LM: Do you think at some point there will be a legitimate push to bring supply/manufacturing operations closer to North America in a myriad of vertical markets? It appears that there are significant benefits that could be achieved through this approach?
In short: time will tell, but clearly changing supply chains is easier said than done. There may be issues with the necessary talent, the necessary raw materials and, in some cases, the infrastructure to transport goods to compete with current supply chains that have taken decades to build.
LM: Working with your large list of shipping customers, how is CHR using data and technology to make smarter supply chain decisions? How can new technology tools help provide the operational visibility needed to make adjustments in the future?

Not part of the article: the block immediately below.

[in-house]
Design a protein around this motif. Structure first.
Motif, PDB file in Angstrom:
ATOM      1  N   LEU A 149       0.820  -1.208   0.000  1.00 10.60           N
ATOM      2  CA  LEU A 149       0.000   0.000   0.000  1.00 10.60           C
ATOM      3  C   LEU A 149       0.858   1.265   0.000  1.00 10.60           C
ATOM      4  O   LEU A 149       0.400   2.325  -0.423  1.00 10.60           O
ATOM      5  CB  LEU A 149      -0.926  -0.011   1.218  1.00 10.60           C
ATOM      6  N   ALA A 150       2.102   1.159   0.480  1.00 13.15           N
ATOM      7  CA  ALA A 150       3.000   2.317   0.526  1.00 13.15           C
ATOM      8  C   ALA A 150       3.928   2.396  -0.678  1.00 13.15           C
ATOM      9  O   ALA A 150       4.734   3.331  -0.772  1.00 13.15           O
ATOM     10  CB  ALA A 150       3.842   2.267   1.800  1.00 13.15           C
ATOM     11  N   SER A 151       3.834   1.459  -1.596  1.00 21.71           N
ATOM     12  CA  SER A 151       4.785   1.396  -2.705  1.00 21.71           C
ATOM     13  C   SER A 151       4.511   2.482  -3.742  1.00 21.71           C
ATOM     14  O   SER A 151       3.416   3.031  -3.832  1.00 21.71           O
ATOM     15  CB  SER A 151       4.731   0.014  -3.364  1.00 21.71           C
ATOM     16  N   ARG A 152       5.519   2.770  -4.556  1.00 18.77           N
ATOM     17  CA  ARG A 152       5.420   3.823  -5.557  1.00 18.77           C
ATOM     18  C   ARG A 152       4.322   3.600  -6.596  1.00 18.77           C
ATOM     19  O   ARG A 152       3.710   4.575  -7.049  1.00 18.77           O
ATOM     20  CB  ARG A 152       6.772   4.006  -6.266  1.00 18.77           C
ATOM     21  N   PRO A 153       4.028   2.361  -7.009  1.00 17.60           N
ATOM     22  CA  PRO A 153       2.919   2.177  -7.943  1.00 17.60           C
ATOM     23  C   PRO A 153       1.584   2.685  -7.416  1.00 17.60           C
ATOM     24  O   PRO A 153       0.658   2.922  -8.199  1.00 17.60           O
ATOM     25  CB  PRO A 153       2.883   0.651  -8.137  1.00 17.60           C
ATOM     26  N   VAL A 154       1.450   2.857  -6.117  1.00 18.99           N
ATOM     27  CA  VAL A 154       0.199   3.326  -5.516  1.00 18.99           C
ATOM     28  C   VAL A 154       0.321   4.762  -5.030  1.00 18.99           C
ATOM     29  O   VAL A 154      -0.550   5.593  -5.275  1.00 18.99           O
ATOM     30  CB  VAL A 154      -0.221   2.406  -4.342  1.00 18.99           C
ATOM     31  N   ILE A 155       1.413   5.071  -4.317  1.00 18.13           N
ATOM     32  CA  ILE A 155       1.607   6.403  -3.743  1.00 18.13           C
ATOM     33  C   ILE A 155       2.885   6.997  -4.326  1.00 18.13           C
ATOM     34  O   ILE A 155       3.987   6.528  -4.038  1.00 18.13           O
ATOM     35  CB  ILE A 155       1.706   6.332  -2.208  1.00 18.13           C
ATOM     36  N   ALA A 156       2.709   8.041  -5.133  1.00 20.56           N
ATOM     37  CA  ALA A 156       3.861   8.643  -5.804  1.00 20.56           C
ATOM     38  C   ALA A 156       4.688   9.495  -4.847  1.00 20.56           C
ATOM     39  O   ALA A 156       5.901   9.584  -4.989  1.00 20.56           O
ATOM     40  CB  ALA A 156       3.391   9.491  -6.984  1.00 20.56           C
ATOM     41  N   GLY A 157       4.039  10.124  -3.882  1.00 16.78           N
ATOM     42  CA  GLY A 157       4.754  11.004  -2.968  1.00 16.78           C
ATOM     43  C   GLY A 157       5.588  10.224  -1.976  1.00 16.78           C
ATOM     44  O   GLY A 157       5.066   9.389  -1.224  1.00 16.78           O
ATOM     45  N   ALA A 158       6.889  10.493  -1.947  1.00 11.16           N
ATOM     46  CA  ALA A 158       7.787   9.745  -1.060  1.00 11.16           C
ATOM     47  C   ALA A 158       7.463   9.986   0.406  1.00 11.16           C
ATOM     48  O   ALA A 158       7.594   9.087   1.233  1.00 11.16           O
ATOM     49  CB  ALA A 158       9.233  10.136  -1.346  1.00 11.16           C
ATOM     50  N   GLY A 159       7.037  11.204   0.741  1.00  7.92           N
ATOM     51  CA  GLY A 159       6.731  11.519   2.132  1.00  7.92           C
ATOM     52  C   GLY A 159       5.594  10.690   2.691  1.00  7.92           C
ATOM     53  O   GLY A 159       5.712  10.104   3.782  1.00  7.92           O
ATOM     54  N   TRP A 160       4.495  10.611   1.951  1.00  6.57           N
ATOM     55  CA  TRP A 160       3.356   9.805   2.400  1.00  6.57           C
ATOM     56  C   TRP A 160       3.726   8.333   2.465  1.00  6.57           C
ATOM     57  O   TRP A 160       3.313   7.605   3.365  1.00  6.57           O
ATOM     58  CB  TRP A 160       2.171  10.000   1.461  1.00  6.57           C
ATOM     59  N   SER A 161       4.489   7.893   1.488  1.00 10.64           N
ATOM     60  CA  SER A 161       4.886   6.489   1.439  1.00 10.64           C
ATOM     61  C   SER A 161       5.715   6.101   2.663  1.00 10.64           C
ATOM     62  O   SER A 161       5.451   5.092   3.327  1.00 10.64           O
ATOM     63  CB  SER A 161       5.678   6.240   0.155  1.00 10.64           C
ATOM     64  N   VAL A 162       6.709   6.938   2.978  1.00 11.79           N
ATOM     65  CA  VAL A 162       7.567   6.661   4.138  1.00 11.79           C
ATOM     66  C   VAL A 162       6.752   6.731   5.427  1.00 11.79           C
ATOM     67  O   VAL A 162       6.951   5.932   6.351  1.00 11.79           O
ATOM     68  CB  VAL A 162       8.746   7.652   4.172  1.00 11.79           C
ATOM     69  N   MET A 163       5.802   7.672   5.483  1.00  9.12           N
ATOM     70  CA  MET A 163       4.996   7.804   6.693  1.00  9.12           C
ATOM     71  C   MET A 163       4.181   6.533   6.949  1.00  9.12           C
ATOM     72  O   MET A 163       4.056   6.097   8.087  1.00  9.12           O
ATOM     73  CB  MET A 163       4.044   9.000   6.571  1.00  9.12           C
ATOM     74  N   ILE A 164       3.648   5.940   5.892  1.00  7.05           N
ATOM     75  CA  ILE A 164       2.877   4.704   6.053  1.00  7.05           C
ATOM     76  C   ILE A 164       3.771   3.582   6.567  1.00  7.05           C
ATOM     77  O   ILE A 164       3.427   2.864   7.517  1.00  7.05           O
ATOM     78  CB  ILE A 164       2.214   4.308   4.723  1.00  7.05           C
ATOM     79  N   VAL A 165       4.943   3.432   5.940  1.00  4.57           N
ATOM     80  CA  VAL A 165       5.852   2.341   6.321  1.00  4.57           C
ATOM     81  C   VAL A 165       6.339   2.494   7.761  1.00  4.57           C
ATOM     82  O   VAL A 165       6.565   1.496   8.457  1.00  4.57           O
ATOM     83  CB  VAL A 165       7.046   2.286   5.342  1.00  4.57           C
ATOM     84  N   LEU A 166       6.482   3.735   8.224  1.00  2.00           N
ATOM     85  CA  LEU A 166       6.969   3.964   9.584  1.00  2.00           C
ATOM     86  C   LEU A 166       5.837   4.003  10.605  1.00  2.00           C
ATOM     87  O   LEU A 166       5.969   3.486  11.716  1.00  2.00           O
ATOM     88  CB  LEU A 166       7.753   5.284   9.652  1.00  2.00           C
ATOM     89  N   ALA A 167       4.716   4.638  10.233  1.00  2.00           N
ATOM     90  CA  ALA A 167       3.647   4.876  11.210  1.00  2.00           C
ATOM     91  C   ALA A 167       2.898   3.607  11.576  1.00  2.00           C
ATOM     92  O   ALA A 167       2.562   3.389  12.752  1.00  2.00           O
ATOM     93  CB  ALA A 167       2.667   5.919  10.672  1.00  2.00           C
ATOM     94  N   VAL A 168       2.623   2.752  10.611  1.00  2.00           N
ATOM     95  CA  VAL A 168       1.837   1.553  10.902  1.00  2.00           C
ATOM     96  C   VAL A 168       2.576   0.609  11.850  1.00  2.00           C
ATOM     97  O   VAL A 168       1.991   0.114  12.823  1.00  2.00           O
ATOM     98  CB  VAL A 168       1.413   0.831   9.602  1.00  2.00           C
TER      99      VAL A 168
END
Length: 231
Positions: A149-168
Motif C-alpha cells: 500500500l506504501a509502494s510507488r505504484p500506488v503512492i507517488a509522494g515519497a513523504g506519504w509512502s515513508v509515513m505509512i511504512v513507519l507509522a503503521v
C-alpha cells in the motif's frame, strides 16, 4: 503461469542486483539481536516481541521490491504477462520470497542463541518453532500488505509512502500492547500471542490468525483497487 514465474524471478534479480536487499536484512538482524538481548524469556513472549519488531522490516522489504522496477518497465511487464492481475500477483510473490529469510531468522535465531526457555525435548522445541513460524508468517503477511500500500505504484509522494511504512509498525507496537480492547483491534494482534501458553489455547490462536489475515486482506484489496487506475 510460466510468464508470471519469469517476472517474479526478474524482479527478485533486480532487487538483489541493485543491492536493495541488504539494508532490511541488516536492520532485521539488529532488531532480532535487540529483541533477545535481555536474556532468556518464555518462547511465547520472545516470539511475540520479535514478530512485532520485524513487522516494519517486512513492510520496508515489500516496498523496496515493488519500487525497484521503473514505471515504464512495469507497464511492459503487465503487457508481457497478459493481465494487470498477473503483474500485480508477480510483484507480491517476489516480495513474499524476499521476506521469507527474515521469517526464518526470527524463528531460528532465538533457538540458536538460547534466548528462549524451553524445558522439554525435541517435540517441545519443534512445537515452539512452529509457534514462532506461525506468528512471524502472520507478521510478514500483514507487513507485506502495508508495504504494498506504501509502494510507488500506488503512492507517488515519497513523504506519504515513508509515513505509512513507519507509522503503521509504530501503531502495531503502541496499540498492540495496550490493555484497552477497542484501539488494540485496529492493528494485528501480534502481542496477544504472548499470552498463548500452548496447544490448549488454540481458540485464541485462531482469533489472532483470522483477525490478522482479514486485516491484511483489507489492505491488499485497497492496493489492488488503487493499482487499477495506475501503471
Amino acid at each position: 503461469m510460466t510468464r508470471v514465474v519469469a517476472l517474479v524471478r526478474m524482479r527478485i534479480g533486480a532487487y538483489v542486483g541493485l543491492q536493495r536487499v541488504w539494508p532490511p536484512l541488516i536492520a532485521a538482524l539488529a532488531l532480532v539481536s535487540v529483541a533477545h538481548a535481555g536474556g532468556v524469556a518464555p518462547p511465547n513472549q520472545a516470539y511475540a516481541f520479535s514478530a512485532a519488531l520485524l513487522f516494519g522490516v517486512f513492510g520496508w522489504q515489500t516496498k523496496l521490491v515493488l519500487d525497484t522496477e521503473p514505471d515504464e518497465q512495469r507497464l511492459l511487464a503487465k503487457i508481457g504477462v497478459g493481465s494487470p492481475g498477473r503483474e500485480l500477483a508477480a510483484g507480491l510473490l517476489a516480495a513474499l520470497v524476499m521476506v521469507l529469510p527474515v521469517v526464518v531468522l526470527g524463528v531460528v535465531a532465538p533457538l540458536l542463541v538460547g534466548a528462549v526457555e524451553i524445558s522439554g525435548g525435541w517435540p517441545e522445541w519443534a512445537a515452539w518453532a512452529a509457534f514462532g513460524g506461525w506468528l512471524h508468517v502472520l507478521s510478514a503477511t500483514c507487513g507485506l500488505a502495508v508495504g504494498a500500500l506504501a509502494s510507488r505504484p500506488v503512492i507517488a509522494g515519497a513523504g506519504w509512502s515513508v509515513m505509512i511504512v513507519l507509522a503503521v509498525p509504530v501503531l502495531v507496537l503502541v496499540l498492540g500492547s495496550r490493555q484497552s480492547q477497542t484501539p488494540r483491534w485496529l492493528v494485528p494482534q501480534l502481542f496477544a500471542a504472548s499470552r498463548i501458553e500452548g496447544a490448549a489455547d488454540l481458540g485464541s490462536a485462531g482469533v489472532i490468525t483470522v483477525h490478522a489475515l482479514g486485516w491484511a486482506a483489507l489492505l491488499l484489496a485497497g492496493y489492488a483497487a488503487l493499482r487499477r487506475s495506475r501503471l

In short: Although today’s market presents many unique situations, historical data can always help us find solutions. Finding common trends and themes in cyclical data can give shippers an informational advantage to make smarter decisions for their supply chains.
Additionally, the right technology tools can give shippers the visibility and predictability they need to adapt. For example, with continued port congestion and delays, CH Robinson enhanced ship routing and tracking functionality within our transportation management system, Navisphere, to increase the efficiency and accuracy of port ETAs. and automatically send updates if changes are discovered. This is important because shipping is only part of the equation. Having real-time visibility into changes gives our team and clients a chance to react and adjust other tactics along the way.